The world’s next energy revolution is looming nearer.
In order to bolster this transformation, the U.S. Department of Energy has been funding 75 projects in the energy technology field, enabling cutting-edge research into energy conversion and storage. This effort is part of the DOE’s goal to “decarbonize” the U.S. energy infrastructure by the middle of the country.
One of the most promising projects funded by the DOE is led by ECS member Michael Aziz, where he and his team from Harvard are addressing challenges in grid energy storage.
Energy storage has become one of the largest barriers in the widespread implementation of renewables. By offering a cost-effective, efficient answer to energy storage, the issues of intermittency in power sources such as wind and solar could be answered.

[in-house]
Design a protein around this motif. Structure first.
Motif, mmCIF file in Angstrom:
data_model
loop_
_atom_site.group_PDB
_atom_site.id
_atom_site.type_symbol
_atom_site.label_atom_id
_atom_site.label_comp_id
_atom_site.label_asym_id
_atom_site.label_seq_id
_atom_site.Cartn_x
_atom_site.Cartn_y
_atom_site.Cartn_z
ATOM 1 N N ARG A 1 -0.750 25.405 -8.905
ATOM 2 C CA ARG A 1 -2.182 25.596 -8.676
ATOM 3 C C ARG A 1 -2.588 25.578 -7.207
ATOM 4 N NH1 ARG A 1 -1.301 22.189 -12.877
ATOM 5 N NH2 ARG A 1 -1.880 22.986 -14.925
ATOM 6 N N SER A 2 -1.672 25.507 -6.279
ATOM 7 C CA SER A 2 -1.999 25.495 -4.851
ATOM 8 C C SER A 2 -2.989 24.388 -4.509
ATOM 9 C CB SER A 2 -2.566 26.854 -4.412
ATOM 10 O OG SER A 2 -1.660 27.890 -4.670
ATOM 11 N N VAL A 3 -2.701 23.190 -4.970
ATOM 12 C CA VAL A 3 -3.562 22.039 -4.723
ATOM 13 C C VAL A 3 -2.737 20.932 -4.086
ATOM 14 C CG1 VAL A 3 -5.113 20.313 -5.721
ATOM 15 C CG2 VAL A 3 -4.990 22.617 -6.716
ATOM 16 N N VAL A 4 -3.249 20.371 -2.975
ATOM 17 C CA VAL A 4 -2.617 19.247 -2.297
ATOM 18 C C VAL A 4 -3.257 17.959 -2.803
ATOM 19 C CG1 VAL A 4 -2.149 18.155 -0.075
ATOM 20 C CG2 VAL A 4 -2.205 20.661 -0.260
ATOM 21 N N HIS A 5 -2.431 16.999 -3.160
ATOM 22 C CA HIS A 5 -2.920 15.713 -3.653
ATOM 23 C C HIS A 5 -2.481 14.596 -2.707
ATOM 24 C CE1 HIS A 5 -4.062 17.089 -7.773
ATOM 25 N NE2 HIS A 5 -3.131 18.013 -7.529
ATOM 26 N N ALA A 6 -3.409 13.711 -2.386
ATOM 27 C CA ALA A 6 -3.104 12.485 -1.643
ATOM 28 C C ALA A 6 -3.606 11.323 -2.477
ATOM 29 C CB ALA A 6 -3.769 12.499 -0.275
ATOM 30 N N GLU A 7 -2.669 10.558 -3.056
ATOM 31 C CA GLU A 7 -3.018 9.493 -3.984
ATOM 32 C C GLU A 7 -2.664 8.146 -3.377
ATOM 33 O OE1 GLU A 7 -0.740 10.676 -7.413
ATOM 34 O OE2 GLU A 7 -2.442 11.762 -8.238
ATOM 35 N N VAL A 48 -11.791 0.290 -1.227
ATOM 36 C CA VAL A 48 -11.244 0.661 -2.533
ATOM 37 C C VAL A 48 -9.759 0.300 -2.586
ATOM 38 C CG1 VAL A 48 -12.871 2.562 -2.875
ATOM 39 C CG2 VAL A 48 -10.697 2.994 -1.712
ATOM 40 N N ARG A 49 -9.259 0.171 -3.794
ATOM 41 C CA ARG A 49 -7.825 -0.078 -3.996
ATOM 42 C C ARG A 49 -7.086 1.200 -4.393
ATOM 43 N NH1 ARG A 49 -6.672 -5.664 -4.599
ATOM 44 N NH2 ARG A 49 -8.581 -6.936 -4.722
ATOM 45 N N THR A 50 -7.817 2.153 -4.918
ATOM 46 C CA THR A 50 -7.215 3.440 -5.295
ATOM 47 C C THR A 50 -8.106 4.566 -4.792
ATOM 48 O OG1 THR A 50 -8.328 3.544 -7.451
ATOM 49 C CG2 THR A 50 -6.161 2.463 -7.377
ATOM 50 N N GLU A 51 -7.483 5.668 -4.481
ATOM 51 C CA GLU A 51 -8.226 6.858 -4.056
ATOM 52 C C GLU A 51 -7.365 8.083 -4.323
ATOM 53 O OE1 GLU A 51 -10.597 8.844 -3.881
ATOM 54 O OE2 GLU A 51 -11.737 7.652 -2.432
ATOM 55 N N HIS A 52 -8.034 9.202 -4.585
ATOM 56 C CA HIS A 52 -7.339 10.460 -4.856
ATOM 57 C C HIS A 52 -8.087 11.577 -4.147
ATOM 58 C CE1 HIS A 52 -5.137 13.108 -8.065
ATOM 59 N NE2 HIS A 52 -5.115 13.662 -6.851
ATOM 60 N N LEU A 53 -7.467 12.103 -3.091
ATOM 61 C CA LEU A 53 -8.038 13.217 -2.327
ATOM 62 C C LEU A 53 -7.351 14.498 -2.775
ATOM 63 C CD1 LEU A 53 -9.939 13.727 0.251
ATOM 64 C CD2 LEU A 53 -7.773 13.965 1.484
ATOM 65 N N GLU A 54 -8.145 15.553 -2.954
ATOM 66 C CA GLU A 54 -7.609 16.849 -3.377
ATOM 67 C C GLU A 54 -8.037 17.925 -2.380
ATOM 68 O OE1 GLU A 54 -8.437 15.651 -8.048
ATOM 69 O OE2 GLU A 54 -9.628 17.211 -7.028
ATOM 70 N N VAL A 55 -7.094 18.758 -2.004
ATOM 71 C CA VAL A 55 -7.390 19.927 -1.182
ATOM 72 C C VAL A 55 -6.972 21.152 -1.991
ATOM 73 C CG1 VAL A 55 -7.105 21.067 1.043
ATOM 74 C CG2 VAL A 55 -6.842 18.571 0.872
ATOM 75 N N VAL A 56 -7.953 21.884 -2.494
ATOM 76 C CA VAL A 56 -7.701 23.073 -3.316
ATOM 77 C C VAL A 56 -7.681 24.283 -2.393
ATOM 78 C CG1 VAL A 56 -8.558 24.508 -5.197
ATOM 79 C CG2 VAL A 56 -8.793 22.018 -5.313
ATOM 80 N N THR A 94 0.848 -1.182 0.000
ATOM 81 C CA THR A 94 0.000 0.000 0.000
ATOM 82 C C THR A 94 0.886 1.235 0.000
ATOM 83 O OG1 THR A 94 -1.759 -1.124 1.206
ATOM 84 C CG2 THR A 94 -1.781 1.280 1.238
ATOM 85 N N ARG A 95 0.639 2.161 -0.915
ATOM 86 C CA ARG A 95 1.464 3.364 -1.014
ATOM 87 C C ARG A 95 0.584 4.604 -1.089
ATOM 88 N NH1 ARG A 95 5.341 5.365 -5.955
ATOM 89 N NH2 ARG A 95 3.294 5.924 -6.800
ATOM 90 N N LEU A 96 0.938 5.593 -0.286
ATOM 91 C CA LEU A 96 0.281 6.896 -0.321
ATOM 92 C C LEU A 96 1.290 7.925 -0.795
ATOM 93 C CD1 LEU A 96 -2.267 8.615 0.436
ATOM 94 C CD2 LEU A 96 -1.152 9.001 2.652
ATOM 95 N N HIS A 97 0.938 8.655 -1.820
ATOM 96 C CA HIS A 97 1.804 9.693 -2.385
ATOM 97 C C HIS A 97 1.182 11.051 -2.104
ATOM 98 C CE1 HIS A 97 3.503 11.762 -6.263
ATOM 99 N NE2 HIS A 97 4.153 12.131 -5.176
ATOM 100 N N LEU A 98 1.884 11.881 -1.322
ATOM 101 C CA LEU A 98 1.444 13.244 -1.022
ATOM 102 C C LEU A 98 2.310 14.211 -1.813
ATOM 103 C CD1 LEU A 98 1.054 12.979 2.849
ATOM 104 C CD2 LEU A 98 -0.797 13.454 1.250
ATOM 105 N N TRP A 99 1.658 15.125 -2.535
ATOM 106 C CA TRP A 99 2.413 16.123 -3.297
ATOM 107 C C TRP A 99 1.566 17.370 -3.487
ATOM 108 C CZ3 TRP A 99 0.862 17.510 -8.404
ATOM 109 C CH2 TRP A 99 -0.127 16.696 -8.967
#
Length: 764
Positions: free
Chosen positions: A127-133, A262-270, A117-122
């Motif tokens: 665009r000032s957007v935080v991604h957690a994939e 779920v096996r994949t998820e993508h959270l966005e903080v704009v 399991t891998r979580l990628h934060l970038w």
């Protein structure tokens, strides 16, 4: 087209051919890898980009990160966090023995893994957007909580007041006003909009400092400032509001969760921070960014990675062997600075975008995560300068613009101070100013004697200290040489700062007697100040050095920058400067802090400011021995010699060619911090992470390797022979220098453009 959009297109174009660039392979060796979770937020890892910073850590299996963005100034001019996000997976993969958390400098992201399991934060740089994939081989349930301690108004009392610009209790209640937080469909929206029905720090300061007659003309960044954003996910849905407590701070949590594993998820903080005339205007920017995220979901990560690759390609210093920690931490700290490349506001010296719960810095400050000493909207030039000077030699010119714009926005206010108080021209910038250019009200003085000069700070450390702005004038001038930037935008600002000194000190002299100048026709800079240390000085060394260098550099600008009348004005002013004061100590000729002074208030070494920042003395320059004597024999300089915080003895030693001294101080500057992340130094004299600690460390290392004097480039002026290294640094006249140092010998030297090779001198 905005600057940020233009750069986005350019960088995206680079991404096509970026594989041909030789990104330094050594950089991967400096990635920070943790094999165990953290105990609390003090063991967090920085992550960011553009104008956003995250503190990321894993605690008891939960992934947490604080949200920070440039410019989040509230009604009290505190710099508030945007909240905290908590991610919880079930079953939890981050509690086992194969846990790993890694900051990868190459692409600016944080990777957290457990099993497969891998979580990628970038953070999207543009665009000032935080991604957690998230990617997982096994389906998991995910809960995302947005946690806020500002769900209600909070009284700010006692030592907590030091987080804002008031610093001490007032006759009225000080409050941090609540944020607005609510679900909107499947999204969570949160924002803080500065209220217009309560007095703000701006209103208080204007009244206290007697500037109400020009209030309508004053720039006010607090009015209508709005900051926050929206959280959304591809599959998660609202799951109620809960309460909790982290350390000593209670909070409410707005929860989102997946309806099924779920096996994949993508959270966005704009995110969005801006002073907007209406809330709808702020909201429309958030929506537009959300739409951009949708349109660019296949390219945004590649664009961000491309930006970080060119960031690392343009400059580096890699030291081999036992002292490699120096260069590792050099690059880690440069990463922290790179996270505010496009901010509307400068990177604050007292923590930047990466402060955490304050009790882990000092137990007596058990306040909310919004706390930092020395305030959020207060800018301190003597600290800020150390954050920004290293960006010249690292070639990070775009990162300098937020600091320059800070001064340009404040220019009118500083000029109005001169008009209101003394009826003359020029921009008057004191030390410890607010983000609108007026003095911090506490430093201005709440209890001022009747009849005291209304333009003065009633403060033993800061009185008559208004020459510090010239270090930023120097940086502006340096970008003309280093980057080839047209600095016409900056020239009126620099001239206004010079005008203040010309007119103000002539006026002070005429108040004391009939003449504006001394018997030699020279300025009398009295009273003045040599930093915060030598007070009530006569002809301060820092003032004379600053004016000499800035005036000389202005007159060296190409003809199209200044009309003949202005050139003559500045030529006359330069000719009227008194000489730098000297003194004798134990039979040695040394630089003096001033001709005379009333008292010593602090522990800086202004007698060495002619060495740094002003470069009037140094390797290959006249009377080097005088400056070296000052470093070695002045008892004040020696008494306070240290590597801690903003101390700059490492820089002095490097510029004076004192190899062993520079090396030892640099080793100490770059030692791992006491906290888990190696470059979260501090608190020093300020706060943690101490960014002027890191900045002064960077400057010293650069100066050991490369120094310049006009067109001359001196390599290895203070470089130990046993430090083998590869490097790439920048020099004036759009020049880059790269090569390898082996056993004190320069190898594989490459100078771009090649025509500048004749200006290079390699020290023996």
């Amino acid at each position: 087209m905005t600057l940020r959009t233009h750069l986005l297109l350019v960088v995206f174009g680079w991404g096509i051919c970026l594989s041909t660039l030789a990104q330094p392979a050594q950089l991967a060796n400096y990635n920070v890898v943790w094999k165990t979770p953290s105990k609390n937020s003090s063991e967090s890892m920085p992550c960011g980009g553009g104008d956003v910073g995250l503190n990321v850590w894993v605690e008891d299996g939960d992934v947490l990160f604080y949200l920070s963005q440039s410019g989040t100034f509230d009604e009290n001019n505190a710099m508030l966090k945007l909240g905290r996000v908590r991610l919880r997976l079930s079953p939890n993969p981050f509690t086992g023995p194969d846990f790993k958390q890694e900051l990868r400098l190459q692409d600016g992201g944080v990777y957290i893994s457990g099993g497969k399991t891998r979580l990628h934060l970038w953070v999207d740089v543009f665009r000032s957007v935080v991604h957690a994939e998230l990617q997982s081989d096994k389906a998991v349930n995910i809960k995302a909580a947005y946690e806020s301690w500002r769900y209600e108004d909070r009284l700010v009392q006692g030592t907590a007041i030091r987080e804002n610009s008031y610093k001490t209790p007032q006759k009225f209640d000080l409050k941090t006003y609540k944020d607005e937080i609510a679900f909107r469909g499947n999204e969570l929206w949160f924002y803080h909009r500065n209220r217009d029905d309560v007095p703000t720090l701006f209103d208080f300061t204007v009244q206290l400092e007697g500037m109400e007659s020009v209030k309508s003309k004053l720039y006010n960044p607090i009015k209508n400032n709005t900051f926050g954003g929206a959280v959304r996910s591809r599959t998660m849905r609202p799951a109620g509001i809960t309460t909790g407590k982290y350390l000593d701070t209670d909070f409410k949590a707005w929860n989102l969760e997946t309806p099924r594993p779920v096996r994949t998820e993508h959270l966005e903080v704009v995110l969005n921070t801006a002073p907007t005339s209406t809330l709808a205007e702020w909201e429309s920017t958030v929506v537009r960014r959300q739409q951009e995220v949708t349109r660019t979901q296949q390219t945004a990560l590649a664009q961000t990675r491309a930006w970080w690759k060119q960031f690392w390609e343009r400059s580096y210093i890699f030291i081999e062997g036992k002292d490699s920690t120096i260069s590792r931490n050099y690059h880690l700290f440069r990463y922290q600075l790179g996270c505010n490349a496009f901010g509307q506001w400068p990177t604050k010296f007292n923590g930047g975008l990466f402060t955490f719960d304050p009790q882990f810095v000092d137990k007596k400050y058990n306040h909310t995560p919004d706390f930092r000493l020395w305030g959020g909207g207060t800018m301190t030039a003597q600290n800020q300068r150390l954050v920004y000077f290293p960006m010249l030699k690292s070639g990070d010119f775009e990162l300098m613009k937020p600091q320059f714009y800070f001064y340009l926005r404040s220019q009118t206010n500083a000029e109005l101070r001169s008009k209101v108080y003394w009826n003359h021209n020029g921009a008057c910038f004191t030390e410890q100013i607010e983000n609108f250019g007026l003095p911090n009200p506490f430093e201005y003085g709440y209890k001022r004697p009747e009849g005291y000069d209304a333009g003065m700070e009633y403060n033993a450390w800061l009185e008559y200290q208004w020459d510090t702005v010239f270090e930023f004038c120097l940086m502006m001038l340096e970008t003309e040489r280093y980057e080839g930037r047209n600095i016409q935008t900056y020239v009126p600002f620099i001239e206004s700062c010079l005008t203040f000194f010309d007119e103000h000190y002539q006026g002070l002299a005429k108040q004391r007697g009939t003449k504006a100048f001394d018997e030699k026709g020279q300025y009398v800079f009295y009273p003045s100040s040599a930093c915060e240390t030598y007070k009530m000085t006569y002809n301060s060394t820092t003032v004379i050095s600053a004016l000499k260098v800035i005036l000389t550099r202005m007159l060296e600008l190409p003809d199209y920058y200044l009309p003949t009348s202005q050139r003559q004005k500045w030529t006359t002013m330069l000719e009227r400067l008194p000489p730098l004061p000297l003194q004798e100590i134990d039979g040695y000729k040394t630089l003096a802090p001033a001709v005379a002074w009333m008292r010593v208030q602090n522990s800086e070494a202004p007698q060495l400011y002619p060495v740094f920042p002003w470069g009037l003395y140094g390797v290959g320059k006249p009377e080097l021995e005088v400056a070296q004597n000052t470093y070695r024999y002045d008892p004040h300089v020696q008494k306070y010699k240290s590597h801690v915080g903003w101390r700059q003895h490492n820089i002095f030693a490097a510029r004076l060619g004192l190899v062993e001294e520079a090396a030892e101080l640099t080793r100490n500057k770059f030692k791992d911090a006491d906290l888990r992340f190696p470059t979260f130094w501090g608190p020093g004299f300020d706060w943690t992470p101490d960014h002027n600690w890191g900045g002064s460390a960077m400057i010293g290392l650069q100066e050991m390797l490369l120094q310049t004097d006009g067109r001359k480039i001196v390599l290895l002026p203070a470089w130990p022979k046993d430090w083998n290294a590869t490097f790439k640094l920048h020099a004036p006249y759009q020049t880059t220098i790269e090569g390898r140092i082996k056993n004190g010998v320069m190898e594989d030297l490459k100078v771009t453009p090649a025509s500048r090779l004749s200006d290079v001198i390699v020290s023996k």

Aziz and his team are addressing issues in energy storage with the development of a flow battery based on inexpensive organic molecules in a water-based electrolyte. The team is focusing on using quinone molecules, which can be found in such plant sources as rhubarb or even oil waste. The quinone molecules allow energy to be stored in a water-based solution at room temperature.
Aziz recently discussed some of his work in quinon-bromide flow batteries as part of the Journal of The Electrochemical Society Focus Issue on Redox Flow Batteries-Reversible Fuel Cells.
“We have a fighting chance of bringing down the capital cost to $100 a kilowatt hour, and that will change the world. It could complement wind and solar on a very large scale,” Aziz told the Daily Telegraph.
This from the Daily Telegraph:
The design is delightfully simple. It uses a tank of water. You could have one at home in Los Angeles, Lagos, Buenos Aires, Delhi, or Guangzhou, storing solar power in the day to drive your air-conditioning at night. It could be scaled up for a 500 megawatt wind farm.
The use of flow batteries such as this could have a huge impact on overall grid energy storage, offering a potential to drop cost and toxicity levels.